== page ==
Ethiopian Prime Minister Abiy Ahmed’s appointment of Ethiopian National Defense Force senior leaders, General Bacha Debele and General Hassen Ibrahim, along with a whole new slate of foreign diplomats might seem strange but there is hidden rationale behind this action. One very credible theory behind this action has nothing to do with these appointees diplomatic skills but rather is likely to be an attempt to shield them from international or domestic prosecution for war crimes carried out under their leadership.
Remember that in August 2021 the Office of the United Nations High Commissioner for Human Rights and the Ethiopian Human Rights Commission had completed a report that human rights violations had been committed in Ethiopian Tigray conflict ostensibly by all parties. This report was criticized for not including all the potential war crimes especially the massacre of church goers in Axum. The former Ethiopian Minister of Women, Youth, and Children Filsan Abdi who went to Mekelle in July 2021 has stated repeatedly that she found credible evidence for widespread violation of women from ENDF and Eritrean forces which were downplayed by Abiy Ahmed leading to her resignation. In December 2021 after examining what evidence was available the UN Human Rights Commission voted to sponsor an international investigation.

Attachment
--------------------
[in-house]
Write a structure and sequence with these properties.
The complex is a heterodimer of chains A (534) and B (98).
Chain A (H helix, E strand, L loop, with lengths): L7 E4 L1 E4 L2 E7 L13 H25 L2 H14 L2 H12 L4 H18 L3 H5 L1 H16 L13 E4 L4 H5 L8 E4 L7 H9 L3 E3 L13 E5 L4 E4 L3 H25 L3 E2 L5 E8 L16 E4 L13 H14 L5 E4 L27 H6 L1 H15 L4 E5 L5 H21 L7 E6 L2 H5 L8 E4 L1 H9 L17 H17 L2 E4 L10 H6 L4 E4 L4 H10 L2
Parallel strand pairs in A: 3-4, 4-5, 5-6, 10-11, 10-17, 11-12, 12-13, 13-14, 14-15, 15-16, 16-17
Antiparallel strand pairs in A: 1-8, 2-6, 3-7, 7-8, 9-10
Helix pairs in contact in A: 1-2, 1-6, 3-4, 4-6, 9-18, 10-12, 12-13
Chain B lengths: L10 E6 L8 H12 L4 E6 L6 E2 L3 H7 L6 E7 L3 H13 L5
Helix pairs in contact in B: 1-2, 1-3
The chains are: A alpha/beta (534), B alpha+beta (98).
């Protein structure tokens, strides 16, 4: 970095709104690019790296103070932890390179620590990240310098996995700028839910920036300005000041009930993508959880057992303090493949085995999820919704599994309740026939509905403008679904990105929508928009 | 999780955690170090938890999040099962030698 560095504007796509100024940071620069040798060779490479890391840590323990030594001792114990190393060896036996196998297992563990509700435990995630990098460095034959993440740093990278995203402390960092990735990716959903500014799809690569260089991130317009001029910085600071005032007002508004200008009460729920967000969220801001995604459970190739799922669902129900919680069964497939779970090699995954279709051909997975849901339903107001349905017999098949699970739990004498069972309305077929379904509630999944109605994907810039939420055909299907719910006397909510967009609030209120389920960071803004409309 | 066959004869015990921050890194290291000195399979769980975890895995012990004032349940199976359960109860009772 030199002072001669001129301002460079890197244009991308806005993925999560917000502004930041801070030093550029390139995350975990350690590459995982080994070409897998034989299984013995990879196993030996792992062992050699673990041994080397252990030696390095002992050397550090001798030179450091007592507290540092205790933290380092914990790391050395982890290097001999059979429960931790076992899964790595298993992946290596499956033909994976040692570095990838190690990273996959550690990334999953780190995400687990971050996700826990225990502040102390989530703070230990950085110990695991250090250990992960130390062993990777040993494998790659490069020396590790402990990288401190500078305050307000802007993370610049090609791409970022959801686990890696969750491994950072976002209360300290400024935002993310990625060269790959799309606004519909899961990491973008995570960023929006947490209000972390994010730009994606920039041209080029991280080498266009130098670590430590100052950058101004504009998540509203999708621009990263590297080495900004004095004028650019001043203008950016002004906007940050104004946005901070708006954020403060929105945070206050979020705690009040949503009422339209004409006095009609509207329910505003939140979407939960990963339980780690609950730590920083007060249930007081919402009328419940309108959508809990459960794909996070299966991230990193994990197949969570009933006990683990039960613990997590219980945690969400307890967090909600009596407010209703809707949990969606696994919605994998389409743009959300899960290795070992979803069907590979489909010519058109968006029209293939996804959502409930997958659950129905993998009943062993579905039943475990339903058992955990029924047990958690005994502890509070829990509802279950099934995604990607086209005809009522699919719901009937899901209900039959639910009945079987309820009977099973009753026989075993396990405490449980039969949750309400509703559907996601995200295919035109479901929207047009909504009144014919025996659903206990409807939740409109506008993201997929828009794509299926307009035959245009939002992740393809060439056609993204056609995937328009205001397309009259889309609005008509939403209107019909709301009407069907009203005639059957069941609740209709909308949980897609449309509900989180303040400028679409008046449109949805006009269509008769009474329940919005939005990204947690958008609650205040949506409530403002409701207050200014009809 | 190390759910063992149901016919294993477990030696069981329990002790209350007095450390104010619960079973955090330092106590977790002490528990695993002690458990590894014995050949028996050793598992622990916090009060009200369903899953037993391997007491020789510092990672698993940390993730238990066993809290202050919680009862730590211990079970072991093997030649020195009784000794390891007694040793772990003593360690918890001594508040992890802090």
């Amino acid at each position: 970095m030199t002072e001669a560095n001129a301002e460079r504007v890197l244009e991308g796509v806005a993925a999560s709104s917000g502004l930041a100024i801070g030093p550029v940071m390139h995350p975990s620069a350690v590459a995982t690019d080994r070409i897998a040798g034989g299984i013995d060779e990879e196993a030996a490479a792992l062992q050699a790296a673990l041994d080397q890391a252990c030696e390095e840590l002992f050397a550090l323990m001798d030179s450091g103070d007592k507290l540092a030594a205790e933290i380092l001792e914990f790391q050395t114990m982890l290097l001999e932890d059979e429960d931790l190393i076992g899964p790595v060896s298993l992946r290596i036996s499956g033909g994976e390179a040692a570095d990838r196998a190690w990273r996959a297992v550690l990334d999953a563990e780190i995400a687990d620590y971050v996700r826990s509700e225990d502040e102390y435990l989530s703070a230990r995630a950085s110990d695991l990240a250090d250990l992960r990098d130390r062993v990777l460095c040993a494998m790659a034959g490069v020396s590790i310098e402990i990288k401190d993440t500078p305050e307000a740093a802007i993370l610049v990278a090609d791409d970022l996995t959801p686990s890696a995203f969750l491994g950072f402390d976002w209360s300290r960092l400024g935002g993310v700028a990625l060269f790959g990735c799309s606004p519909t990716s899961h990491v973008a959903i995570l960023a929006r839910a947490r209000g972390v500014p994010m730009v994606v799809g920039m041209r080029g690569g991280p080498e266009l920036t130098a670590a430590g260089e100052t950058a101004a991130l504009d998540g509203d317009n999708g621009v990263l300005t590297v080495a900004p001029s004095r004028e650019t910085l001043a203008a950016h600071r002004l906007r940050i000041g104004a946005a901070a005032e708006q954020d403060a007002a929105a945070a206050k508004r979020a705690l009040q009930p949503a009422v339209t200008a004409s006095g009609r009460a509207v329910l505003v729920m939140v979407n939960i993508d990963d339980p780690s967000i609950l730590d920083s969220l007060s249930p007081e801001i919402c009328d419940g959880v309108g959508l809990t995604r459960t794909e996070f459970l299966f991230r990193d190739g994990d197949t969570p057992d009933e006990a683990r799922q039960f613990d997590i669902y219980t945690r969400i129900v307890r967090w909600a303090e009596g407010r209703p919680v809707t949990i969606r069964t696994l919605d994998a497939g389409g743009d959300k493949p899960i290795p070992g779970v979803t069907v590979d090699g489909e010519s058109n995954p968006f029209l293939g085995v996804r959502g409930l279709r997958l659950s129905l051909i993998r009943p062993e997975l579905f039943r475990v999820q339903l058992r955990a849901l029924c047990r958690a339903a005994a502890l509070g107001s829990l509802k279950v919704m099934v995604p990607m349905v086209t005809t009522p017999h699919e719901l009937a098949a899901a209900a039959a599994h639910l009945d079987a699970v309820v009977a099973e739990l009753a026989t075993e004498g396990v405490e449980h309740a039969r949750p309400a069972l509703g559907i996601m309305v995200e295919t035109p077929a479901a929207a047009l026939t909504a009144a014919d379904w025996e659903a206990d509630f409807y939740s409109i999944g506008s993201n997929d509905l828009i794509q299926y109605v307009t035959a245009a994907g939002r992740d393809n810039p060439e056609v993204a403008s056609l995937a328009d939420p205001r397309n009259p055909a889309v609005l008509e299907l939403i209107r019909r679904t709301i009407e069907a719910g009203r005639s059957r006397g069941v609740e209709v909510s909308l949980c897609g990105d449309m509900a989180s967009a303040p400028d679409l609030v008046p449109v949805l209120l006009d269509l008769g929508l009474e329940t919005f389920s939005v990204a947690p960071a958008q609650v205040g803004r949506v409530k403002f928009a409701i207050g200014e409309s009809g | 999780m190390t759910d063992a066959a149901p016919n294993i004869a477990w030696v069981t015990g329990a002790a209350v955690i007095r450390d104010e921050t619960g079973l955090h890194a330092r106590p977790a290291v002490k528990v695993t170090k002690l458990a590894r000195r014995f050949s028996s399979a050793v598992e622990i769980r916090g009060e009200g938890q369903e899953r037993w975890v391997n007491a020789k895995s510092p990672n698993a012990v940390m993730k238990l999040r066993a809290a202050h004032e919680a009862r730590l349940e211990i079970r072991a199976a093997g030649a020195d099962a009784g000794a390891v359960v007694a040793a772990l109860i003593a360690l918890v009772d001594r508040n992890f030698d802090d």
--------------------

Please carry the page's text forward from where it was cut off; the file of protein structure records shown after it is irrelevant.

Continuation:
There is good legal precedent that personal immunity (immunity ratione personae) and functional immunity relating to the office held (immunity ratione materiae) given to diplomats may offer protection from international prosecution. Legal scholars who study the history of prosecution of war crimes note that there is a “culture of impunity which contributes to a climate in which human rights violations persist and are not deterred”. Thus mechanisms of enforcement are often not available because of these loopholes in prosecution.